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Refactoring Uber’s Rider app

We burned the old code. Literally. We printed it out, took a trip out to Sunset Beach, and burned it in a bonfire pit so it would never haunt us again.

There was a lot of discussion at the end of 2020 about Uber’s mobile apps, largely due to a Twitter thread by McLaren Stanley. Many wondered aloud why we didn’t just refactor the app instead of rewriting it.

I thought I’d add some context into where things were prior to the rewrite.

In the beginning…

I joined Uber in December of 2013, shortly after “Guinness” (a redesign of the app) launched. I was mobile engineer #8; I think all of engineering was around 130 people. At that time, the app had a fairly constrained feature set — “push a button, get a ride.“ Products like uberPOOL didn’t exist yet.

Trip Lifecycle

When you dig into the lifecycle of a trip, there are several steps. The “core flow” breaks down into four main ones (shown above, albeit with a more updated design than existed at the time I joined):

  1. Looking — you’re effectively “browsing.” You haven’t set pickup location yet (remember, prior to the 2016 redesign, pickup location was the primary entry point; before the redesign of the address bar (in 2014?) the only place destination could be entered was on the confirmation screen, and most people blew through that screen). The “Guinness” redesign introduced the product slider. When you’re “looking” you can change which product you want (Black Car, uberX, etc), and the map updates when you change your selection. As an aside: this was all controlled by the city teams. There was no global notion of “uberX” (which became extremely problematic later — another post for another time). City teams could add whatever they wanted to the slider — the tooling on the backend allowed them to provide the name, rates, and the necessary image assets for both the slider and the map; the client apps simply displayed what the server told them to. This is how city teams were able to do things like UberKITTENS without involving an app release.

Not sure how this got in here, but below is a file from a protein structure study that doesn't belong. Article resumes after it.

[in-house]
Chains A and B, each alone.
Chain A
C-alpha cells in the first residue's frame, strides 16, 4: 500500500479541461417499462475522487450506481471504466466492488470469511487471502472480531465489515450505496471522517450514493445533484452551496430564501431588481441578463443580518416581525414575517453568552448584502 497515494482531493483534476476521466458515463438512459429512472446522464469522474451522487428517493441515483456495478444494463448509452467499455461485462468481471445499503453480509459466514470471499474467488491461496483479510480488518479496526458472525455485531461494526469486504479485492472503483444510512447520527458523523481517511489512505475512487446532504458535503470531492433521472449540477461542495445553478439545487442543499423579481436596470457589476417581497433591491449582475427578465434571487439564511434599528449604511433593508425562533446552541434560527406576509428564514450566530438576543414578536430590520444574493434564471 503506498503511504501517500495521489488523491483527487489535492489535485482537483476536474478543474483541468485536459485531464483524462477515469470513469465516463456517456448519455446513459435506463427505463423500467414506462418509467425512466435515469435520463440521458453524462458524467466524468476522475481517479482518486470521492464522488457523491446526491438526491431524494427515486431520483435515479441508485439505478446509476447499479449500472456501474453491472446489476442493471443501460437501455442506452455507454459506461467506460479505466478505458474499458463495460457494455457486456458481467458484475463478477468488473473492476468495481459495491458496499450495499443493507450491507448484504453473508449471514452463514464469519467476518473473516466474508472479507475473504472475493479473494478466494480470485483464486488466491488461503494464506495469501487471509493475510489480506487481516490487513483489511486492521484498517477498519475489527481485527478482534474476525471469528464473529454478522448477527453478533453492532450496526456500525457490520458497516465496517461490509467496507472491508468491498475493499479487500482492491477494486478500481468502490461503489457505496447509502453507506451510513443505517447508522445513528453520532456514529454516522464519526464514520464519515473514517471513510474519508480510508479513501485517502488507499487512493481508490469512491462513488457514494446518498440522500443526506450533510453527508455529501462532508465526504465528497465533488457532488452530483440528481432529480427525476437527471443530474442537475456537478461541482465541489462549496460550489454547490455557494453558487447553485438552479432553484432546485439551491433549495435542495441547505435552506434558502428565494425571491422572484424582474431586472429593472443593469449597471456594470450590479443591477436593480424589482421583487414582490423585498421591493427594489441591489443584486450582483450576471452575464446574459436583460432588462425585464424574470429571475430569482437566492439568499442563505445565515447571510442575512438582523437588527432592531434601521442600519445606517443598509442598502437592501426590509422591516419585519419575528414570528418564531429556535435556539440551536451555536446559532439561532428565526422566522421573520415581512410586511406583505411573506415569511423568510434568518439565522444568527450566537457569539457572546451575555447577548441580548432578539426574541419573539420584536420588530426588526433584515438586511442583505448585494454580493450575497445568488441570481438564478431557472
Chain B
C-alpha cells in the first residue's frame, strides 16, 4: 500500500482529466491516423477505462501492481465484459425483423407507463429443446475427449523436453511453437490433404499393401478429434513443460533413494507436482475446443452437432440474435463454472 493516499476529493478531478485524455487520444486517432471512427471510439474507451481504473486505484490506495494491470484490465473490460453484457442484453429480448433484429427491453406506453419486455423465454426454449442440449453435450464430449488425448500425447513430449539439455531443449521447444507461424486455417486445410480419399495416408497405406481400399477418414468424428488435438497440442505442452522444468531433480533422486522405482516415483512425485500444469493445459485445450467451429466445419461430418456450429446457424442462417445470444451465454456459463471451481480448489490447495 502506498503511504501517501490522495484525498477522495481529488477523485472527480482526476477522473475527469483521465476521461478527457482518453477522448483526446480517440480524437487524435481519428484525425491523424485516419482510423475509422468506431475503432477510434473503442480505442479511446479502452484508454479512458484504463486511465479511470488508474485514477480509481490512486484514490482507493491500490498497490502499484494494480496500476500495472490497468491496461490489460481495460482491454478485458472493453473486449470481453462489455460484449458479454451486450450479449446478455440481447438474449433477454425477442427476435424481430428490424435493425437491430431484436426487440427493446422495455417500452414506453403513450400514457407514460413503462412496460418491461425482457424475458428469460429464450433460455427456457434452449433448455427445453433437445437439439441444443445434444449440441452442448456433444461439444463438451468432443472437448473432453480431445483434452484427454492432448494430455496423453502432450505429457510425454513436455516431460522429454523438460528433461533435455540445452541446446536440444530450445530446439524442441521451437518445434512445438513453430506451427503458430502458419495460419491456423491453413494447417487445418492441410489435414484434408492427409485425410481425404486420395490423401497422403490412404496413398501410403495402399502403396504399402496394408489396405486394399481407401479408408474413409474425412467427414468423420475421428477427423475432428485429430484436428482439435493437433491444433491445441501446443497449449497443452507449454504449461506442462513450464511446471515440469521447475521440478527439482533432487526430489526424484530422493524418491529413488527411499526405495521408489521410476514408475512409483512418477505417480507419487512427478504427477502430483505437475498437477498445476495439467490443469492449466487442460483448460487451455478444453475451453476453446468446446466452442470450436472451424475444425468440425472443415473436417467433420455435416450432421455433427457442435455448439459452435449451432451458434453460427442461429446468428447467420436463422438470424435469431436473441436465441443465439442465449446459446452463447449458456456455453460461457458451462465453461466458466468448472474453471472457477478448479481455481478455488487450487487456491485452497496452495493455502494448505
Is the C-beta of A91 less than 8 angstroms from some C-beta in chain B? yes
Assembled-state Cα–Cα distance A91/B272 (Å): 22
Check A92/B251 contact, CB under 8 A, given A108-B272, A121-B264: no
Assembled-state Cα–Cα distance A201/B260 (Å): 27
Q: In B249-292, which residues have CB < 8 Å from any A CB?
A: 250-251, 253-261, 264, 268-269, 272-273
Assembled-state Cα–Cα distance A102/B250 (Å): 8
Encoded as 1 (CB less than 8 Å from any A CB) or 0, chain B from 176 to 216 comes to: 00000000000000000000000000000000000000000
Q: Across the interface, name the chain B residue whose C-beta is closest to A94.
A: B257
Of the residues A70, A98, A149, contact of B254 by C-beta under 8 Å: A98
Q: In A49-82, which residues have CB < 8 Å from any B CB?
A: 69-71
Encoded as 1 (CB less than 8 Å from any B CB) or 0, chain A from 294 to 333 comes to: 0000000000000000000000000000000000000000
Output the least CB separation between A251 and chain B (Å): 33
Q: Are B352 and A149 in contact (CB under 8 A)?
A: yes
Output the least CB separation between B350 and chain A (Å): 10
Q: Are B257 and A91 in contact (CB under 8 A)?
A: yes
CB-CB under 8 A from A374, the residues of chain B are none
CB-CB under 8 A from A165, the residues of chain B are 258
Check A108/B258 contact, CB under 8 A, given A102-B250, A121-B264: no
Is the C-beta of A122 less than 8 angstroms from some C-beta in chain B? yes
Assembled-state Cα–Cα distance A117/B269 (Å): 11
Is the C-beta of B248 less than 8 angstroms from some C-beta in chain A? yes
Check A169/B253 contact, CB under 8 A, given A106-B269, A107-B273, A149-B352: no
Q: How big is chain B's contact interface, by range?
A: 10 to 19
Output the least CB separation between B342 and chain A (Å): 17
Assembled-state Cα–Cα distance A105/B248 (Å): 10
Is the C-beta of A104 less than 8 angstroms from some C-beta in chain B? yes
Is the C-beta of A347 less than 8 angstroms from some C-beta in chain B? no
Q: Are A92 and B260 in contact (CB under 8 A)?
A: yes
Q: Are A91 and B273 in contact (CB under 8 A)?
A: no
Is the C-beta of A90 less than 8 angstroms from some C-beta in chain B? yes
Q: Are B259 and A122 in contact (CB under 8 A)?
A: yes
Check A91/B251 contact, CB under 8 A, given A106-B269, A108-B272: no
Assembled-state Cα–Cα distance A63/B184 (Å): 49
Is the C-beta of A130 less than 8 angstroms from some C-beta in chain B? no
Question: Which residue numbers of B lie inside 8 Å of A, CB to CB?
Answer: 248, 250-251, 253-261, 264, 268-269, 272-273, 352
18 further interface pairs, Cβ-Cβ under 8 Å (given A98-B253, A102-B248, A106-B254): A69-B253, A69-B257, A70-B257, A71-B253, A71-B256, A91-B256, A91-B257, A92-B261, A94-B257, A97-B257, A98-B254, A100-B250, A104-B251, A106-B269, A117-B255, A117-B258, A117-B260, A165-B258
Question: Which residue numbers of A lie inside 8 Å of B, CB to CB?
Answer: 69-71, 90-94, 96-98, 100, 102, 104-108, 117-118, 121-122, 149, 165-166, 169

2. Confirming — you have set the pickup location and are on the confirmation screen. Here you can switch your payment method, get a fare estimate, enter a promo code, etc. Note: This step only exists client-side; the server doesn’t model this step (and rightfully so). Again, most users quickly clicked the “Request” button without doing much else on this screen.
  3. Dispatching — you hit the “Request” button on the confirmation screen and have requested a ride. Once the server gets the request, it will start matching you with a driver. We eagerly move you into this state on the client as soon as the button is tapped; it may take a few seconds for the request to hit the server and to acknowledge that this is where you should be in the sequence. You remain on this step until the server says that a driver has accepted the trip or kicks you back to “looking.” Until the redesign of the address bar launched, this screen was the black grid on which you could draw.
  4. On trip — a driver has accepted the trip and is en route to your pickup location, or you’re already in the car en route to your destination.

There are lots of other potential steps in the flow (e.g. surge pricing requires confirmation above a certain threshold, payment method rejected, outstanding balance due, Uber doesn’t service that area, etc.), but the ones listed above represent the typical case.


In the Rider app there was a class called UBRequestViewController, where most of the logic to handle these steps lived. In reality, it could have just been called UberViewController, because it contained most of the logic of the app. This made sense at the time — the team was small, the supported features were simple, etc. Over time, however, this class began to bloat. Support for additional payment methods was added (e.g. PayPal, Alipay), some of which introduced additional steps. In 2014 uberPOOL launched, which greatly increased the complexity of the app. In addition to the greatly-expanding feature set, the team also began to grow — we were adding a dozen new iOS engineers every month.

At its peak, this class contained over 6,000 lines of code.

One of the most tenured iOS engineers on the team:

[…] we don’t say it but we are all secretly scared to ever touch the request view controller!

Mar 22, 2022